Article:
Moods & Modernisms

I’m in a bad mood today. I’m sitting in cafe Korb, having my morning coffee, and parasitically using someone’s wireless that reaches here inside the cafe. As I was walking here I recalled for some reason a line from Faulkner’s The Sound And The Fury (which is odd, since the last time I read it I was in high school): one of the central characters is driven to distraction because of his sister’s quite youthful sexual activity, and in his perturbation he discloses this to his father, a southern gentleman scholar sort of fellow. The father, as my impression recalls him—associated in my mind with the background of heat, sun, dust and booze of southern gentlemanly life—languidly replies with something to the effect that virginity is a negative condition, so one shouldn’t worry about it… Continue reading


iTunesU, Religion, and Irony

Back at Pickwick’s downloading some more lectures from iTunesU. In my relative intellectual stagnation at the moment, I quite enjoy listening to the wealth of material some of the universities provide. The quality is variable, of course, and a good deal of it is pretty poor; a while ago I found what looked like an interesting history of the early Christian church, given by a certain Dr. Frank A. James III. I downloaded some of the lectures, hoping for an interesting survey of people and places—perhaps like A.N. Wilson’s books on Jesus and Paul—but discovered instead a rather petty, credulous, and self-important presentation of the period. Continue reading

Of Cafes and Bike Rides

At Tirolerhof today. It’s a marvelous cafe, though they regrettably haven’t installed wireless access yet. Walls cream-coloured; large windows arched in a vaguely Arabic manner, outlined in black; similarly shaped mirrors in between the windows; chandeliers suspended from a lofty ceiling; a few old-fashioned glass cabinets with several shelves of freshly made tortes and strudels; a varied clientele, generally lining the tables by the windows and walls (they have comfortable sofa-like booths), reading newspapers, chatting—one genially corpulent gentleman to my left is perusing the theater schedule. Continue reading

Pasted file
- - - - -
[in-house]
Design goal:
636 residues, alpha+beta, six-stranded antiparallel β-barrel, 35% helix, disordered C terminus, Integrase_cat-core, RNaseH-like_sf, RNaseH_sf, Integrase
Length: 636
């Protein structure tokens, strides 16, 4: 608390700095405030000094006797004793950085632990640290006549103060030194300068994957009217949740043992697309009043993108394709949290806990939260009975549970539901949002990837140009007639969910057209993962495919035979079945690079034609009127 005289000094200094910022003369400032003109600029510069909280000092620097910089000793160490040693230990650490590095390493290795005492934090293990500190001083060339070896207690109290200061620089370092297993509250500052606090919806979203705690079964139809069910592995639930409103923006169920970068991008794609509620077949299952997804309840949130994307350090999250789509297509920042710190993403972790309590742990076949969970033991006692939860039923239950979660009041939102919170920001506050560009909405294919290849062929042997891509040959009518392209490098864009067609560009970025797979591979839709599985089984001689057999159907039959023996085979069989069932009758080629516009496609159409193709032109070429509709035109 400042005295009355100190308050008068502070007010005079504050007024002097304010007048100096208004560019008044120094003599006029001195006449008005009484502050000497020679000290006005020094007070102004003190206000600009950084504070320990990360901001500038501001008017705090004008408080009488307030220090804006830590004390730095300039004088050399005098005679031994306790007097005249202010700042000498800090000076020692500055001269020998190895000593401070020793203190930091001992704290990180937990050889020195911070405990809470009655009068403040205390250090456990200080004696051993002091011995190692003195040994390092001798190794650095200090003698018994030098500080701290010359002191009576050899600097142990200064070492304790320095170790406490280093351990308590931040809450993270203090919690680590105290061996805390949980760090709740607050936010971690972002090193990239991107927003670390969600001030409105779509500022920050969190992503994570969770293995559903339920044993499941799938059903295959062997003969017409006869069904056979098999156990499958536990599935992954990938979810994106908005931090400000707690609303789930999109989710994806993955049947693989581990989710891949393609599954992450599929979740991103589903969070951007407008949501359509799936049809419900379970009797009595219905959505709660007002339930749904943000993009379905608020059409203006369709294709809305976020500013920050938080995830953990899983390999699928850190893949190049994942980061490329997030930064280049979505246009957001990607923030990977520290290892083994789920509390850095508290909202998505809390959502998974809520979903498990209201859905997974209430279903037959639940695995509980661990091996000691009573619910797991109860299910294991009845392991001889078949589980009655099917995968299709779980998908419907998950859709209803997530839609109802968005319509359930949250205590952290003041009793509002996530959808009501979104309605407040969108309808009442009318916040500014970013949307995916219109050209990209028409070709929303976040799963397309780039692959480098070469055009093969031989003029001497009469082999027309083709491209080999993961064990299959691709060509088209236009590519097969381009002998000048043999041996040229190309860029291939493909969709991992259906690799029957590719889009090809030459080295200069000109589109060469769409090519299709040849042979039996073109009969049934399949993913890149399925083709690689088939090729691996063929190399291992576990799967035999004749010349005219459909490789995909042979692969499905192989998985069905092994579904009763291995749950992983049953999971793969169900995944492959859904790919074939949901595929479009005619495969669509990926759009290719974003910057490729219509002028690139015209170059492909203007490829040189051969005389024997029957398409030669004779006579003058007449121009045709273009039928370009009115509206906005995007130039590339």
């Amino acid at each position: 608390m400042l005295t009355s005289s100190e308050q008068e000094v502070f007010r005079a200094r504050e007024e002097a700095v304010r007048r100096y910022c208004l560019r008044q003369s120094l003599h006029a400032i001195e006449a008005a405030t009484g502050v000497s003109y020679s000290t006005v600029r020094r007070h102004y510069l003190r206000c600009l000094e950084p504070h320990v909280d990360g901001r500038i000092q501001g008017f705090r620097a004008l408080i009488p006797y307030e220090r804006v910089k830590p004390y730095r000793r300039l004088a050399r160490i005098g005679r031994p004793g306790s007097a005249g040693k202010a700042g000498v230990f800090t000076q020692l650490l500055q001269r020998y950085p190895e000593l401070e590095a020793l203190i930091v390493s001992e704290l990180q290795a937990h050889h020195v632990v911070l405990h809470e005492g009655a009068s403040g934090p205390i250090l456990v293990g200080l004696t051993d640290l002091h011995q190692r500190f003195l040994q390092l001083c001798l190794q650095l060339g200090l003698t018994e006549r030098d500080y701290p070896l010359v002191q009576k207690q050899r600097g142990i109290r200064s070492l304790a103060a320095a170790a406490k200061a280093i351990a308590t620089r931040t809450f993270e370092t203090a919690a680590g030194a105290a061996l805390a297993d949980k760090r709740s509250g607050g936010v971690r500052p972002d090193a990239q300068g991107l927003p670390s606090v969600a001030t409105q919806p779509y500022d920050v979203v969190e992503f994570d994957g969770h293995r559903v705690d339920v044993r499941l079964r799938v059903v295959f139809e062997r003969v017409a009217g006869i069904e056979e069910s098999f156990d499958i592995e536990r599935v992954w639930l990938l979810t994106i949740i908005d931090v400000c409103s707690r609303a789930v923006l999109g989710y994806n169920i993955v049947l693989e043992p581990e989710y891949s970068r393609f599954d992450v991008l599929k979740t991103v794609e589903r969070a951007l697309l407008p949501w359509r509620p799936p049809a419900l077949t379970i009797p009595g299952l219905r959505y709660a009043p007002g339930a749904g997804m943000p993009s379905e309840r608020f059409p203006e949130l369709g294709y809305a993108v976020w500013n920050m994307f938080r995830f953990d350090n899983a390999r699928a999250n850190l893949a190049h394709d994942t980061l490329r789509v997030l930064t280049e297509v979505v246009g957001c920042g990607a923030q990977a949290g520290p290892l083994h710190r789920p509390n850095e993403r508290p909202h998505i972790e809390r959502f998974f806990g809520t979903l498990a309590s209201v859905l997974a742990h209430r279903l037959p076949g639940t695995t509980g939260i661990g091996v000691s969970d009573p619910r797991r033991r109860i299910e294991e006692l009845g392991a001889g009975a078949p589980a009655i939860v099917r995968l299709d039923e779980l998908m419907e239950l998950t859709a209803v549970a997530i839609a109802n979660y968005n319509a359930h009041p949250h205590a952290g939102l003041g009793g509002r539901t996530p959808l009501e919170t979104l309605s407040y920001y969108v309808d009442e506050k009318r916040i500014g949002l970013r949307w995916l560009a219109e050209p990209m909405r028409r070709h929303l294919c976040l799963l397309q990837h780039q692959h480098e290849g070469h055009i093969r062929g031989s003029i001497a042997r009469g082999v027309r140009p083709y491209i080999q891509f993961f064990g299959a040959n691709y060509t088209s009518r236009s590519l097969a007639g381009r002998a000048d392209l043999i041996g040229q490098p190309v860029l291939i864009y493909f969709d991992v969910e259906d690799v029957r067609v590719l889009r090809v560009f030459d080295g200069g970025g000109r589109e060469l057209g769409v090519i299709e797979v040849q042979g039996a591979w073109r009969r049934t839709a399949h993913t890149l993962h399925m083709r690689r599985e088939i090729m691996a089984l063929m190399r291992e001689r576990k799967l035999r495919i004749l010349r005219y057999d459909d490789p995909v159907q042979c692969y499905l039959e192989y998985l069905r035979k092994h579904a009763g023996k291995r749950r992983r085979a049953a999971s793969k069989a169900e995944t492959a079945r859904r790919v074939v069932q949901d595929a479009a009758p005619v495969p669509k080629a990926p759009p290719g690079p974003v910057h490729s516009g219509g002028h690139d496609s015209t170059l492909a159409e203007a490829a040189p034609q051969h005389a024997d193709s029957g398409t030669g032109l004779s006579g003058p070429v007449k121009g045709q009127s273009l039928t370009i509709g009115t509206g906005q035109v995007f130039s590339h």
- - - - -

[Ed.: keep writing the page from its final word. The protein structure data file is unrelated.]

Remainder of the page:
Strauss On A Rainy Evening

I’m sitting in the old flat now, listening to Salome, and thought I’d kill the hour or so before the performance starts at the opera by jotting some random notes. I went to Rosenkavalier the other day (Sunday, I suppose it was), and enjoyed it a great deal. The singers were quite good, if not uniformly spectacular; Ricarda Merbeth’s Marschallin was perhaps the best, with an indisposed Angelika Kirchschlager replaced by a very good Octavian whose name I’ve unfortunately forgotten. Sophie (Jane Archibald) was a tad shrill, and thin (her voice, I mean), but a pleasant eyeful, at least from the back of the Gallerie. Continue reading

Of Daseins and Hard-ons

Hanging around this afternoon without really much to write about, so I thought I’d just improvise. I’m sitting in Pickwick’s once again; it’s mostly empty, aside from a group of 6-7 high-school-aged girls a few tables away from me, prattling along with customary though not unpleasant vapidity. Strangely the women I’ve met recently—with one significant exception, I think—tend to be either good-natured but not particularly interesting, or not very good-natured—morose, in fact—but possessed of more hidden depths, murky though they be. I generally seem to prefer the Continue reading


Strolling around town today I saw a poster for a Max Ernst exhibit at the Albertina, and I stopped to have a look at it. It’s a sepia-toned woodcut of the corner of a bourgeois-looking interior, with a large figure in the middle and another visible through the window to the left. The main figure is dressed in a Victorian robe of sorts, something between a dressing gown and the cloak with shoulder-length cape that Sherlock Holmes is often portrayed as wearing. In place of it’s head is one of those Moai faces, dark, impassive, impersonal. Continue reading